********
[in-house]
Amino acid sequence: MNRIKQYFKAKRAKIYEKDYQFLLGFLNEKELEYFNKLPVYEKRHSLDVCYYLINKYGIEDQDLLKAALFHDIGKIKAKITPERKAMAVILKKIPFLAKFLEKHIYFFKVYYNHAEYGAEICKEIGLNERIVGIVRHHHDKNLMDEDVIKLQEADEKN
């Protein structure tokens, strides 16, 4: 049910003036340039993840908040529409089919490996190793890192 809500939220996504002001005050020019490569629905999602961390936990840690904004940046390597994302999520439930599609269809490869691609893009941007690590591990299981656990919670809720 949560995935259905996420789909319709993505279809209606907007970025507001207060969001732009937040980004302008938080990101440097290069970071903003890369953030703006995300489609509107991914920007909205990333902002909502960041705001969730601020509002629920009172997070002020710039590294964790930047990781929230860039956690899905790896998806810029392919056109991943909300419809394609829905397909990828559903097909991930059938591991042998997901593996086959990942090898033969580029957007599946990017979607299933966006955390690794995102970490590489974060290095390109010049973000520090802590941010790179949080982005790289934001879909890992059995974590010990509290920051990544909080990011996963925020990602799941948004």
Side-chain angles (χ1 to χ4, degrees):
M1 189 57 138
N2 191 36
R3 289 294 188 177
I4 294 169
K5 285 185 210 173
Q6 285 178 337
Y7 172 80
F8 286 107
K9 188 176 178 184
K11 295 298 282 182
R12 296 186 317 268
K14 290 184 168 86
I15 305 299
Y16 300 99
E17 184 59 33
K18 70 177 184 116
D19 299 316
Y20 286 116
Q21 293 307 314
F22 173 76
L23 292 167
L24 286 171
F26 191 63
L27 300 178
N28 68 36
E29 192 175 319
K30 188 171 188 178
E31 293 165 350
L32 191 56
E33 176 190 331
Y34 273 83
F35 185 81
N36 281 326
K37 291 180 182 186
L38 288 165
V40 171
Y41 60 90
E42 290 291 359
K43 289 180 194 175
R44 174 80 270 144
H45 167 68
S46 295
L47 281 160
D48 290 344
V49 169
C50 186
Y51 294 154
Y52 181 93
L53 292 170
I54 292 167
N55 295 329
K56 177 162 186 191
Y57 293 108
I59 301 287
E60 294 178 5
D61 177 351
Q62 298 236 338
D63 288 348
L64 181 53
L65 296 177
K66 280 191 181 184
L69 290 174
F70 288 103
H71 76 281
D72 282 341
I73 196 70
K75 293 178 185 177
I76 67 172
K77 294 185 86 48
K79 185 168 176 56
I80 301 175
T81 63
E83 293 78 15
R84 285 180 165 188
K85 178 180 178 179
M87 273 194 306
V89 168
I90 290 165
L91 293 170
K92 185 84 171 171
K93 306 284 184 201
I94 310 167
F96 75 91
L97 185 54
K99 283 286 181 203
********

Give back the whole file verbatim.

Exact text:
[in-house]
Amino acid sequence: MNRIKQYFKAKRAKIYEKDYQFLLGFLNEKELEYFNKLPVYEKRHSLDVCYYLINKYGIEDQDLLKAALFHDIGKIKAKITPERKAMAVILKKIPFLAKFLEKHIYFFKVYYNHAEYGAEICKEIGLNERIVGIVRHHHDKNLMDEDVIKLQEADEKN
């Protein structure tokens, strides 16, 4: 049910003036340039993840908040529409089919490996190793890192 809500939220996504002001005050020019490569629905999602961390936990840690904004940046390597994302999520439930599609269809490869691609893009941007690590591990299981656990919670809720 949560995935259905996420789909319709993505279809209606907007970025507001207060969001732009937040980004302008938080990101440097290069970071903003890369953030703006995300489609509107991914920007909205990333902002909502960041705001969730601020509002629920009172997070002020710039590294964790930047990781929230860039956690899905790896998806810029392919056109991943909300419809394609829905397909990828559903097909991930059938591991042998997901593996086959990942090898033969580029957007599946990017979607299933966006955390690794995102970490590489974060290095390109010049973000520090802590941010790179949080982005790289934001879909890992059995974590010990509290920051990544909080990011996963925020990602799941948004």
Side-chain angles (χ1 to χ4, degrees):
M1 189 57 138
N2 191 36
R3 289 294 188 177
I4 294 169
K5 285 185 210 173
Q6 285 178 337
Y7 172 80
F8 286 107
K9 188 176 178 184
K11 295 298 282 182
R12 296 186 317 268
K14 290 184 168 86
I15 305 299
Y16 300 99
E17 184 59 33
K18 70 177 184 116
D19 299 316
Y20 286 116
Q21 293 307 314
F22 173 76
L23 292 167
L24 286 171
F26 191 63
L27 300 178
N28 68 36
E29 192 175 319
K30 188 171 188 178
E31 293 165 350
L32 191 56
E33 176 190 331
Y34 273 83
F35 185 81
N36 281 326
K37 291 180 182 186
L38 288 165
V40 171
Y41 60 90
E42 290 291 359
K43 289 180 194 175
R44 174 80 270 144
H45 167 68
S46 295
L47 281 160
D48 290 344
V49 169
C50 186
Y51 294 154
Y52 181 93
L53 292 170
I54 292 167
N55 295 329
K56 177 162 186 191
Y57 293 108
I59 301 287
E60 294 178 5
D61 177 351
Q62 298 236 338
D63 288 348
L64 181 53
L65 296 177
K66 280 191 181 184
L69 290 174
F70 288 103
H71 76 281
D72 282 341
I73 196 70
K75 293 178 185 177
I76 67 172
K77 294 185 86 48
K79 185 168 176 56
I80 301 175
T81 63
E83 293 78 15
R84 285 180 165 188
K85 178 180 178 179
M87 273 194 306
V89 168
I90 290 165
L91 293 170
K92 185 84 171 171
K93 306 284 184 201
I94 310 167
F96 75 91
L97 185 54
K99 283 286 181 203